While many recent missions have been among the most ambitious and expensive in the history of space, in some ways 2022 was also the year space became cheap. NASA launched more than a dozen CubeSats, shoe-box-sized satellites that can do science experiments in orbit at a cost of only $50,000 each. CubeSats weigh just a few pounds, and thanks to their small size and the ever-decreasing cost of rocket launches, even students can get an experiment into space. Almost 4,000 have been launched, a number that’s projected to double within six years.

Hot and cold

2022 also saw some of the hottest and coldest temperatures encountered by any spacecraft in history.

Since its launch in August 2018, the Parker Solar Probe has been making closer and closer passes to the Sun, and on Dec. 11, 2022, it swooped past Earth’s star at just over 5 million miles (9 million kilometers) from the surface. The probe reaches incredible speeds as it passes the Sun and set the all-time speed record for a spacecraft at 364,000 mph (586,000 kph) in 2021.

During each pass, the car-sized craft reaches a toasty 2,500 degrees Fahrenheit (1,371 Celsius) and is able to not only survive the heat but also measure the physical conditions in the outermost layers of the Sun. That data is helping astronomers better understand solar wind, the stream of high-energy particles that can interfere with electronics and telecommunications on Earth.

Meanwhile, the Voyager 1 spacecraft continued its exploration of interstellar space. Since its launch in 1977, Voyager 1 and its twin, Voyager 2, have been traveling away from Earth. At a distance of 14.8 billion miles from Earth (22.5 billion kilometers) and counting, Voyager 1 is now the farthest human-made object from the Sun, and therefore also the coldest. The temperature beyond the edge of the Solar System where Voyager 1 now roams is a frigid 3 degrees above absolute zero, roughly minus-454 F (minus-270 C).

The venerable spacecraft suffered a data glitch in May 2022, but despite the 22-hour travel time for a radio signal to travel between Voyager 1 and Earth, NASA engineers were able to restore full function to the craft.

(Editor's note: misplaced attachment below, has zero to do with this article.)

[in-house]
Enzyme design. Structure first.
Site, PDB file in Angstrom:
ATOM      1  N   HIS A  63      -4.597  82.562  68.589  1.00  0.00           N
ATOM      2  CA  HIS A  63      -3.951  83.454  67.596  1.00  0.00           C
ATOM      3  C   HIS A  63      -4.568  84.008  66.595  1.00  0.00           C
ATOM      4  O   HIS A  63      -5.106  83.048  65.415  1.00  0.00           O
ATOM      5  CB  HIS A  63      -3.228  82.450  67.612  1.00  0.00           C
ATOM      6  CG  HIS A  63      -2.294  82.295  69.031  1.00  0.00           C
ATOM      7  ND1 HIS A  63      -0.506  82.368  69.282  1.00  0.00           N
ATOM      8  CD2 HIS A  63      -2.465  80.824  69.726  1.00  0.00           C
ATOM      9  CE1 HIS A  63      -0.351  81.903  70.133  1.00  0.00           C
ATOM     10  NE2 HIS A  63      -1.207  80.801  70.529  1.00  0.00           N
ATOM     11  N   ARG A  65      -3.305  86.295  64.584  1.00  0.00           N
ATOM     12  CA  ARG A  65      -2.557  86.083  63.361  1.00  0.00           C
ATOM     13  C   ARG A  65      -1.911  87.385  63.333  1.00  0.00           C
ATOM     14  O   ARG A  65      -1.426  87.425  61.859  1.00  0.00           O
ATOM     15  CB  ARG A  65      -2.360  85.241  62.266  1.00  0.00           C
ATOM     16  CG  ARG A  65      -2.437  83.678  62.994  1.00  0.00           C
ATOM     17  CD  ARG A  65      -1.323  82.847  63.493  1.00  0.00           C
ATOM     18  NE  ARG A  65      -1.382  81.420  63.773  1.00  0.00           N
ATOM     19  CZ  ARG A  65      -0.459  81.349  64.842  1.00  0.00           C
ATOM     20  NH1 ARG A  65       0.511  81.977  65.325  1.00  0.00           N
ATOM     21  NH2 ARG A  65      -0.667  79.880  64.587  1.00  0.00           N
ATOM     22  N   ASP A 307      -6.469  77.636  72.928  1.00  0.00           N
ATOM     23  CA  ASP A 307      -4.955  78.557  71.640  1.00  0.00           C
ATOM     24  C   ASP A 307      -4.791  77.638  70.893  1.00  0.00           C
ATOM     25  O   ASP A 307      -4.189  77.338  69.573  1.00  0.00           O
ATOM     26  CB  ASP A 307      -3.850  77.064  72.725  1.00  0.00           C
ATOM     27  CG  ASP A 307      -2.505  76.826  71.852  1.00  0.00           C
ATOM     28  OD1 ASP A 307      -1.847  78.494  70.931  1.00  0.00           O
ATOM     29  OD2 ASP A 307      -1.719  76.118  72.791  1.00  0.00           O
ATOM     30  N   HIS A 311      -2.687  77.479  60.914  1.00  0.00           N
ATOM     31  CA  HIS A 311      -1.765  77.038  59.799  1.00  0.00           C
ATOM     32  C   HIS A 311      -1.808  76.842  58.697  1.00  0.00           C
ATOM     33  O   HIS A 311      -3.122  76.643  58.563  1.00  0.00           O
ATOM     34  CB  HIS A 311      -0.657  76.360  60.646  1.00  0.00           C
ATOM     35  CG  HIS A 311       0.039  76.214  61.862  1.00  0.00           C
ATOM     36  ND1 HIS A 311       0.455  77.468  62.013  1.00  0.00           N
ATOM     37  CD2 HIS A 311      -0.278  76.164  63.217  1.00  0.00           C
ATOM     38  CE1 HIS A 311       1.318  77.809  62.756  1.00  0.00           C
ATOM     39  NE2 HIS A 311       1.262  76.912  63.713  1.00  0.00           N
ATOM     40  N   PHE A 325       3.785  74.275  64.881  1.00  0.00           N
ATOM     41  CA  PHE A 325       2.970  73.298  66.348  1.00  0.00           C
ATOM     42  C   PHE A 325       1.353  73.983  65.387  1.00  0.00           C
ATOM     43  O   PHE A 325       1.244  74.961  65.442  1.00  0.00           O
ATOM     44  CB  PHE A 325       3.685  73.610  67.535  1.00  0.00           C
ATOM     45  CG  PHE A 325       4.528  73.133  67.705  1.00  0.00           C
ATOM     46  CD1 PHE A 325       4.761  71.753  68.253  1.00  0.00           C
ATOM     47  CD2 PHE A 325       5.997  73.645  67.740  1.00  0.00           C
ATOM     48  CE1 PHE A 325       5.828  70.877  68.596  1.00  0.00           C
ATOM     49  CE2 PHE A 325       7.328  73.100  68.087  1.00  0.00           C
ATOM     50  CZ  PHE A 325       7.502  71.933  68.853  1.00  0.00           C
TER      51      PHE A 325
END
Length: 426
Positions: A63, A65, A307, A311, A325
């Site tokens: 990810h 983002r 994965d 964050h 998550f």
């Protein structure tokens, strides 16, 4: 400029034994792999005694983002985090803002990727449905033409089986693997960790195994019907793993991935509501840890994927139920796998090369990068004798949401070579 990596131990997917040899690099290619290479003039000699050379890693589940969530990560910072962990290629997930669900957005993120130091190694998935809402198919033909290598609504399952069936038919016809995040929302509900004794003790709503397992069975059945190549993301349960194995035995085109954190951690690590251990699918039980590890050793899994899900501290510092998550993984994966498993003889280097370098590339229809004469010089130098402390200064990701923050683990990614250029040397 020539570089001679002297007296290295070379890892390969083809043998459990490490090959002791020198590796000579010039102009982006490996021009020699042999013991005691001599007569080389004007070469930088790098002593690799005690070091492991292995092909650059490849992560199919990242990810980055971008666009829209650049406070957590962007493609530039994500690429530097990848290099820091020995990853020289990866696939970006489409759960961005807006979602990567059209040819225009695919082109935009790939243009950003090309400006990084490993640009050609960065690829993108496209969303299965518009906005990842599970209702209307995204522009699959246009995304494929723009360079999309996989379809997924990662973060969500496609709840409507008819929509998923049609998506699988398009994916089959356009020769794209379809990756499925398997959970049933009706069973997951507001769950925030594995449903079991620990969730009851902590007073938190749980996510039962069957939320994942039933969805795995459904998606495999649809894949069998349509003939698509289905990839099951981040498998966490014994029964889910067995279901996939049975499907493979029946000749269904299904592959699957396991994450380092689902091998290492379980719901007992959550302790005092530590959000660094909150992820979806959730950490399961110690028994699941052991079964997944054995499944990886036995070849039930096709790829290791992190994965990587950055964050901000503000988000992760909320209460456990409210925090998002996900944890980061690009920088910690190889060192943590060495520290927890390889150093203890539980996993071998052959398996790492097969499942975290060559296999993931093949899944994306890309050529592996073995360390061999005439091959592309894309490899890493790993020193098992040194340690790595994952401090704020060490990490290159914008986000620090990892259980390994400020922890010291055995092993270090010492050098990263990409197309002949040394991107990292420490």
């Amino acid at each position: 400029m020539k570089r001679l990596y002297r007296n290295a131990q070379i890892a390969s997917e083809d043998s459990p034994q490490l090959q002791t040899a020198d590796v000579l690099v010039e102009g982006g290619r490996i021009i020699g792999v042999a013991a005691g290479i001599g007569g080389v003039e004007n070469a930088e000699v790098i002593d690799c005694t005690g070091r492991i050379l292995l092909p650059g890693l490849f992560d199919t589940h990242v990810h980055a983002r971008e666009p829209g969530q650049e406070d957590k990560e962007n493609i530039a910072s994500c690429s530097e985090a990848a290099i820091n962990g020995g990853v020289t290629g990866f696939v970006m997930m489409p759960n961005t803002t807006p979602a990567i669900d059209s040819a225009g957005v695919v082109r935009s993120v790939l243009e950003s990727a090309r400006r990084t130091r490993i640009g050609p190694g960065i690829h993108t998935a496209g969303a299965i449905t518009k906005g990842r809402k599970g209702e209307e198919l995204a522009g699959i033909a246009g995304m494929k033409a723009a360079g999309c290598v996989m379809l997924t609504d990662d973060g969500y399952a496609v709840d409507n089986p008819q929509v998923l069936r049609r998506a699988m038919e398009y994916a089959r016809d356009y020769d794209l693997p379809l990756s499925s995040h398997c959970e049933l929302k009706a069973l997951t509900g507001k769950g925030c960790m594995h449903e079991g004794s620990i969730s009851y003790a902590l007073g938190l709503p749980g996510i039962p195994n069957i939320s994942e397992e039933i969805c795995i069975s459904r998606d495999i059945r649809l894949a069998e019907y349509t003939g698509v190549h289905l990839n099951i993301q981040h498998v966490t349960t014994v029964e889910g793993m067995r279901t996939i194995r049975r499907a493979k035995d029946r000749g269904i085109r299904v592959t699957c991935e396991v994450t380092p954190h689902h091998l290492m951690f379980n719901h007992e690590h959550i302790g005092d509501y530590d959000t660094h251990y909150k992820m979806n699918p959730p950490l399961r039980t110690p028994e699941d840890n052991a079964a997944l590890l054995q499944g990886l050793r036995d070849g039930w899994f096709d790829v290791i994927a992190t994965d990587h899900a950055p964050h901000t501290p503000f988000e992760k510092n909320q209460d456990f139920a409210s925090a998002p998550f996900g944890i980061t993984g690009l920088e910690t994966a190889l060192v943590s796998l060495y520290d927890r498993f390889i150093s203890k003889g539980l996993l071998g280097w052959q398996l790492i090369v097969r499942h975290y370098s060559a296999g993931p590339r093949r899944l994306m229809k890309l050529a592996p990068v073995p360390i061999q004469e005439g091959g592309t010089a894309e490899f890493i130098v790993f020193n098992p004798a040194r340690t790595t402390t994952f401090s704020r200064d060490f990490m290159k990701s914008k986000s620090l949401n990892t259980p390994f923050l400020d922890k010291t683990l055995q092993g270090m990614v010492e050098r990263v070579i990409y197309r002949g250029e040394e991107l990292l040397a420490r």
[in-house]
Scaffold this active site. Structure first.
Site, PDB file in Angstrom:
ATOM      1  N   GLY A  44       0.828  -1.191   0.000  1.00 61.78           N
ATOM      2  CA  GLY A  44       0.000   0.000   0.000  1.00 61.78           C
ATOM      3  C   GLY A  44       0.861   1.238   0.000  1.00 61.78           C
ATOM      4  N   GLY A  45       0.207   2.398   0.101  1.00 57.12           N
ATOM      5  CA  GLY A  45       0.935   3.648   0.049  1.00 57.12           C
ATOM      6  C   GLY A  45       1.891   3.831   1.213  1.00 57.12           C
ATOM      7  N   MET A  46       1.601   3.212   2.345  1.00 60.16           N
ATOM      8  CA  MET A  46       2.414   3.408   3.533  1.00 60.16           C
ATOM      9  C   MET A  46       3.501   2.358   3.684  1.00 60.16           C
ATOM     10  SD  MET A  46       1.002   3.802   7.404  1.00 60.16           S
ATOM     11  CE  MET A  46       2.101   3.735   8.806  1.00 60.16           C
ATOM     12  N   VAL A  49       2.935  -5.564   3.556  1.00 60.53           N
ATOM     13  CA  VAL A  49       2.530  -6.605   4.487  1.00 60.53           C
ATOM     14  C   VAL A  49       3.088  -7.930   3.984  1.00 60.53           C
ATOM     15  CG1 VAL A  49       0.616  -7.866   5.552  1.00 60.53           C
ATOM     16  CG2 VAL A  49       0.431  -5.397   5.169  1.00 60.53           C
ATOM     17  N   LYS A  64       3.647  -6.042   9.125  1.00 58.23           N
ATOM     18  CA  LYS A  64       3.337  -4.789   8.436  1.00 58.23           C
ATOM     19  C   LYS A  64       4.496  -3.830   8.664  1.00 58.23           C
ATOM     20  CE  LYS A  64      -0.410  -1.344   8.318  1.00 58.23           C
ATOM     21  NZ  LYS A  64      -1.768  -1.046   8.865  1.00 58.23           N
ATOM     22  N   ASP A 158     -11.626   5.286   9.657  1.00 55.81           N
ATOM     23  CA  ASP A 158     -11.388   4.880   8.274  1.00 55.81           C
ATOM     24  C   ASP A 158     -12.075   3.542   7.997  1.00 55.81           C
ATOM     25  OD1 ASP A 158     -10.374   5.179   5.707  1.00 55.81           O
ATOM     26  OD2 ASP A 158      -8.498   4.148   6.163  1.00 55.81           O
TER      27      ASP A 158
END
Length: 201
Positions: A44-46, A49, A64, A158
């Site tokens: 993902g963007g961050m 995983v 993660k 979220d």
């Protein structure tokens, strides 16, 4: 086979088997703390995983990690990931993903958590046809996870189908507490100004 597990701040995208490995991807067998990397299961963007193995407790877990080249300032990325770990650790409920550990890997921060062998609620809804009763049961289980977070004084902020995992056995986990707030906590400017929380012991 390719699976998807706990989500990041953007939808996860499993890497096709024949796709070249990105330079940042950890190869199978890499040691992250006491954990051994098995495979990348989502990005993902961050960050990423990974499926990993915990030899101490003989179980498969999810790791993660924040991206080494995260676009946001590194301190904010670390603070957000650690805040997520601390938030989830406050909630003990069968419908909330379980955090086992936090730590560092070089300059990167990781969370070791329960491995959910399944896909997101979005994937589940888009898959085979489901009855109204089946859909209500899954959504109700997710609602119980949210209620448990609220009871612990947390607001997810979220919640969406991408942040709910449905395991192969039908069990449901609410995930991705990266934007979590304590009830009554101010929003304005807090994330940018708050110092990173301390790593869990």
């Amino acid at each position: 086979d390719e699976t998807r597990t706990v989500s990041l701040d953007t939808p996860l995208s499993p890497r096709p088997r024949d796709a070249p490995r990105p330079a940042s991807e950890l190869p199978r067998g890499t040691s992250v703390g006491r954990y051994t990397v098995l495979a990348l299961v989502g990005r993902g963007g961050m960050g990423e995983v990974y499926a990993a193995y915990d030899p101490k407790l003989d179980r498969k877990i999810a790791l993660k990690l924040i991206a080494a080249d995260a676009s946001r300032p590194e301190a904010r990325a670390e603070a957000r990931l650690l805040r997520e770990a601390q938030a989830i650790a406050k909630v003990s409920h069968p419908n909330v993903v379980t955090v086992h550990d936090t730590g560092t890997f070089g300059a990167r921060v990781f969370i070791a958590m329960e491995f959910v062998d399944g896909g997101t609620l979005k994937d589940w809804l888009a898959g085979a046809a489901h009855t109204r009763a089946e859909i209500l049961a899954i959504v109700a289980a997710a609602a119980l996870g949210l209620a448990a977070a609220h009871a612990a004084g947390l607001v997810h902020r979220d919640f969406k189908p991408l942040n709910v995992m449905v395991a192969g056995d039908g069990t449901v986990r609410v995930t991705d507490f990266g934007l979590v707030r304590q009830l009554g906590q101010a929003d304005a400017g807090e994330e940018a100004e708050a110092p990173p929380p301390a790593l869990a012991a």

Volume and longevity

NASA accomplished some incredible feats in 2022, but the organization’s pace is slow and steady compared to frenetic activity in the private sector.

Last year set a record for the volume of space activity. There were 186 launches, all but six of which were successful. Space-X accounted for 61 orbital launches, doubling its total for 2021.

Some of NASA’s achievements in 2022 were the result of persistence and durability. A U.S. citizen spent a record 355 days in orbit, setting the record for the longest single spaceflight. This year also marked the 22nd year of continuous human presence on the International Space Station, and the 25th year of continuous robotic exploration of Mars.

The ancient Roman poet Virgil coined the phrase “ad astra per aspera,” or “to the stars through difficulties,” and this last year has shown that human efforts can overcome difficulties and reach for the stars.

Chris Impey is a University Distinguished Professor of Astronomy and Associate Dean of the College of Science at the University of Arizona. He has over 180 refereed publications on observational cosmology, galaxies, and quasars, and his research has been supported by $20 million in NASA and NSF grants. He has won eleven teaching awards, and has taught two online classes with over 130,000 enrolled. Dr. Impey is a past Vice President of the American Astronomical Society and he has been an NSF Distinguished Teaching Scholar, Carnegie Council’s Arizona Professor of the Year, and most recently, a Howard Hughes Medical Institute Professor. He has written over 50 popular articles on cosmology and astrobiology, two introductory textbooks, a novel, and eight popular science books.